The following recommendation would have addressed these issues:
"That the Government as part of its ongoing rehabilitation work in Captains Flat:
- develop a financial support system to indemnify residents and local government for the costs of the historic spread of contaminated fill
- implement clear guidelines and support for health needs, including indications for heavy metal testing and mental health
- focus on enhancing community and recreational infrastructure."
The experience of landowners adjacent to the Broula King Gold Mine, which operated 2012-14, and resulted in acidic and heavy metal contamination of water from the use of 10 acres of their land for a tailing storage facility, is further evidence that current regulatory settings are not fit for purpose.
The evidence that treated effluent water is being diverted from Summer Hill Creek to Cadia Mine because of an agreement of indefinite duration struck 20 years ago - under a load-based water licensing system that is no longer in place - is extremely concerning. The committee heard evidence that this is impacting flows in the creek and agriculture in the Orange region, that this water could potentially be used in a variety of ways, even for drinking, and that the impacts of this agreement could be serious in times of severe drought. This agreement is no longer appropriate, if it ever was. The following recommendation could have addressed this:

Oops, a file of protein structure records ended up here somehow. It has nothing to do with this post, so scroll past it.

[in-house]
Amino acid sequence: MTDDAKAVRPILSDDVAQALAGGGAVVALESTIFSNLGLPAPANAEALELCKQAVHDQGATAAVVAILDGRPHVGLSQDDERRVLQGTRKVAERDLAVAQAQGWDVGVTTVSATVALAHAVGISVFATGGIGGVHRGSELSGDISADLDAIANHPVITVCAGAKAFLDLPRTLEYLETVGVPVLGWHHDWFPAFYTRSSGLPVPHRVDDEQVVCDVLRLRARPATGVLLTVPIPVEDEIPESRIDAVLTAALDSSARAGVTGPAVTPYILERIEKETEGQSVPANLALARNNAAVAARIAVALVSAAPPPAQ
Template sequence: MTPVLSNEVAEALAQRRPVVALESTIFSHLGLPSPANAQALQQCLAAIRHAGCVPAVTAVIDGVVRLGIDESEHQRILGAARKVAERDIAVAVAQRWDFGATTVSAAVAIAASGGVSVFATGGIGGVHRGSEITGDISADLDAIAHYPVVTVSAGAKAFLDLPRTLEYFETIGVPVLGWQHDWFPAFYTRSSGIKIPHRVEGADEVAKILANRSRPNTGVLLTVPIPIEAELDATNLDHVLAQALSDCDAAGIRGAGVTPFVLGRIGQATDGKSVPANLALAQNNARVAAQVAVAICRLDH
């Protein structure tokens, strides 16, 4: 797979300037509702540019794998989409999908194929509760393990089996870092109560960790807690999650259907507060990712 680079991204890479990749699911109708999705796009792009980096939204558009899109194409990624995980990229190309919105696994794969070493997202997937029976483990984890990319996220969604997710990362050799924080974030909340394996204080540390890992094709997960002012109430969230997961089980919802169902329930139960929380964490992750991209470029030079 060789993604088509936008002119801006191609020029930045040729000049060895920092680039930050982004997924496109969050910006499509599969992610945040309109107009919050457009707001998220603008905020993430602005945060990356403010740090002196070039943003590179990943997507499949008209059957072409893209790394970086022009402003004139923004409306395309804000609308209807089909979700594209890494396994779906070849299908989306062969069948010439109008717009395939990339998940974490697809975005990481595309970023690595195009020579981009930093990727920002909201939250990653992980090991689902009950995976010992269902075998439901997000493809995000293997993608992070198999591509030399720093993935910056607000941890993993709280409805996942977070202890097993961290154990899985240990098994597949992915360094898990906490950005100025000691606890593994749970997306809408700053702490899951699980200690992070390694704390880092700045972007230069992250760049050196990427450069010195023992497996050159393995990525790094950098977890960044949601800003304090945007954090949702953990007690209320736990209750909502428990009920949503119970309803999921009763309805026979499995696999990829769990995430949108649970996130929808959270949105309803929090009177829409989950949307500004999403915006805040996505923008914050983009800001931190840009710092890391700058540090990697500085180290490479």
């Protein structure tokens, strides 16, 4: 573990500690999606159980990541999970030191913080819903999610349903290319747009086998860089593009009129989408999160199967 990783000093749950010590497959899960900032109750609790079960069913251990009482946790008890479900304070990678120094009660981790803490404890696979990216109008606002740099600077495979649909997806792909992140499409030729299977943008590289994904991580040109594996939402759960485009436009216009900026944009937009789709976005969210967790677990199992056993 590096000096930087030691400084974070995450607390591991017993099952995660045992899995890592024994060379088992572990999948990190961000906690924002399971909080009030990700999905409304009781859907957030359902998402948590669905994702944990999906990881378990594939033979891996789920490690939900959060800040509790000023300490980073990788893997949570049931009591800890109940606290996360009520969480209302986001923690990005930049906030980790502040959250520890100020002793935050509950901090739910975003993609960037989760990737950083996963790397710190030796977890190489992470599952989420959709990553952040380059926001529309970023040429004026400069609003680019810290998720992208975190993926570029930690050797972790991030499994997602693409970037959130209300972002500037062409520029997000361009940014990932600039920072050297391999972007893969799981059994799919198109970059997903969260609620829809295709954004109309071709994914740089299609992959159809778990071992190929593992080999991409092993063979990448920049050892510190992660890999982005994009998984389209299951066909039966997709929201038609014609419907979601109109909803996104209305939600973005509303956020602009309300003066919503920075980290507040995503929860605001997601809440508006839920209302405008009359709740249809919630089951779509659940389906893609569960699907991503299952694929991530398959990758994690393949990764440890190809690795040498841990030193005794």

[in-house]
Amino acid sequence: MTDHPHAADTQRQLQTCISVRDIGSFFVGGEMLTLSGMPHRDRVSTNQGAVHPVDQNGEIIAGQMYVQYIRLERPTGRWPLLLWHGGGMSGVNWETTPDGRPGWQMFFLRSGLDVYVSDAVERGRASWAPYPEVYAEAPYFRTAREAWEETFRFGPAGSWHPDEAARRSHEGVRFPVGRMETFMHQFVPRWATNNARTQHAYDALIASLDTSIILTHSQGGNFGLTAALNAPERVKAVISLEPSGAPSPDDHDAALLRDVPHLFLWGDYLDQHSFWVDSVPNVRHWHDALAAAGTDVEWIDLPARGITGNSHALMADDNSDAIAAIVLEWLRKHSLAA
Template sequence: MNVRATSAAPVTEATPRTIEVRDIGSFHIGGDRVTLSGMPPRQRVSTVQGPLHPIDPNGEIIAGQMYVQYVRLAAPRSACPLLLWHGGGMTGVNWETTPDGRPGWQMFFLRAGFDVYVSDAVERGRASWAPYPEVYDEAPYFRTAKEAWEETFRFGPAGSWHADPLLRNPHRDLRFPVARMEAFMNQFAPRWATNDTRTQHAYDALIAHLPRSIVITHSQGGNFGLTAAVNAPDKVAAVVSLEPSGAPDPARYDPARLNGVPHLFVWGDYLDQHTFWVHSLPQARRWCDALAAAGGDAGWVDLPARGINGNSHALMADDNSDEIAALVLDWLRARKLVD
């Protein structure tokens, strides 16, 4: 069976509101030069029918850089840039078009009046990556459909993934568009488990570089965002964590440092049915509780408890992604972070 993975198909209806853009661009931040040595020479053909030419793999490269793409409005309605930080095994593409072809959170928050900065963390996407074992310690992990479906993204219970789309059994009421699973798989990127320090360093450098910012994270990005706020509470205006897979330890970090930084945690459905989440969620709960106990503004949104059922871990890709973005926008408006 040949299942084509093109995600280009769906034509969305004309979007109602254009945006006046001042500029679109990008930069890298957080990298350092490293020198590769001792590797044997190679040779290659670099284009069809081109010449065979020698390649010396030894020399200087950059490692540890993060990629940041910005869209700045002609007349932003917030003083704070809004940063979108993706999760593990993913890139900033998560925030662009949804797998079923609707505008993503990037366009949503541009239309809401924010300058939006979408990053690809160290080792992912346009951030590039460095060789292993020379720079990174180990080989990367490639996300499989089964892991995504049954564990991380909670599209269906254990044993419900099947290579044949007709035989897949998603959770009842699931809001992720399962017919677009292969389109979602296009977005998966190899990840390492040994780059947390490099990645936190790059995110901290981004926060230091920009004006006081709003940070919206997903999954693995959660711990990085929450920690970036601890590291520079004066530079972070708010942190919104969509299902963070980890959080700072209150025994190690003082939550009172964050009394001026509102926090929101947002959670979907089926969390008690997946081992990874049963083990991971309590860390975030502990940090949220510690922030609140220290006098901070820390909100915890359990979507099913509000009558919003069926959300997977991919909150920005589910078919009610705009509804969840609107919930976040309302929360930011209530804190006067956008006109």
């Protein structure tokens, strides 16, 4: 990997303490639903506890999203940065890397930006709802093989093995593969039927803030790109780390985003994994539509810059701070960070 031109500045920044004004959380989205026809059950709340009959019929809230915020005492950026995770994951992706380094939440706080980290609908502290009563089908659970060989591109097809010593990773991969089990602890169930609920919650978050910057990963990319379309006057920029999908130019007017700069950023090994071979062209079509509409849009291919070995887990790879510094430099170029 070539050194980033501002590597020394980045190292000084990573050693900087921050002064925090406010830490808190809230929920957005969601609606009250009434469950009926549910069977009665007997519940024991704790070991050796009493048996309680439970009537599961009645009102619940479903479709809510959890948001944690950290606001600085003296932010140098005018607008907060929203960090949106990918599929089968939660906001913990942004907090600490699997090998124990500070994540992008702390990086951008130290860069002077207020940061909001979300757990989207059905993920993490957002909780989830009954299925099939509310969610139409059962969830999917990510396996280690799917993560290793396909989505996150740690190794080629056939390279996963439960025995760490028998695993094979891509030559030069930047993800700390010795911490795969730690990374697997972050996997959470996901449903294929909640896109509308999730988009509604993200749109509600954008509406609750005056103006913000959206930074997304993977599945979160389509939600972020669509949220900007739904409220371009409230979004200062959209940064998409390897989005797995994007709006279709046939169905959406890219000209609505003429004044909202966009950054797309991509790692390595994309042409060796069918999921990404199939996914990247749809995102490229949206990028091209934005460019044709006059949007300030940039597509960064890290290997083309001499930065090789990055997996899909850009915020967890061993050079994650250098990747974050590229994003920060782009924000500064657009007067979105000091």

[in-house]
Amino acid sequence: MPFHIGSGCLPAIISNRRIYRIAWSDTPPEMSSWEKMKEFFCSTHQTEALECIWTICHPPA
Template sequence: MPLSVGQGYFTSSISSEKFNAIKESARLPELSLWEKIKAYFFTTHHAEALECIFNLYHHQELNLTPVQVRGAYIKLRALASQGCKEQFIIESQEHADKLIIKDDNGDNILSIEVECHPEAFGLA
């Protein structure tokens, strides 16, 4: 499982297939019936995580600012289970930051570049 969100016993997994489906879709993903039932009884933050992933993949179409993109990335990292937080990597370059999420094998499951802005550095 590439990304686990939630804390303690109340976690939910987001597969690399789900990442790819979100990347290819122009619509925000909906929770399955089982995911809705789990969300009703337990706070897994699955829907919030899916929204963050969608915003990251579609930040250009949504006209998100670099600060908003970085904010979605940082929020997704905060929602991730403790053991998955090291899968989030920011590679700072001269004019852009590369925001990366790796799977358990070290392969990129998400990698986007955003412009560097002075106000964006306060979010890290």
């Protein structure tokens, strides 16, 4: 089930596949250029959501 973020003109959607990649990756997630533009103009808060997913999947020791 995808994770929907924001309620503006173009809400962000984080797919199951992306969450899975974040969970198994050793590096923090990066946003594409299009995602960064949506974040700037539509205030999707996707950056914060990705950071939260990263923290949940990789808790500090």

That the Government investigate options to end the agreement between Orange City Council and Cadia Mine in relation to the mine receiving treated water for free with a view to ensuring that a more sustainable and appropriate arrangement is put in place that takes into consideration the needs of the Orange community and the environment.
This is only a selection of the issues which this report ignores due to the 1000-word limit for dissenting statements.
I would like to express my sincere gratitude to the hundreds of members of community and environmental groups, and to experts, who gave up your time to contribute to the Inquiry.
This is not the report that you deserve.
The Greens will continue to campaign for the critical reforms regional communities across NSW need to reduce the impact of mining projects on human health, land, air, and water quality.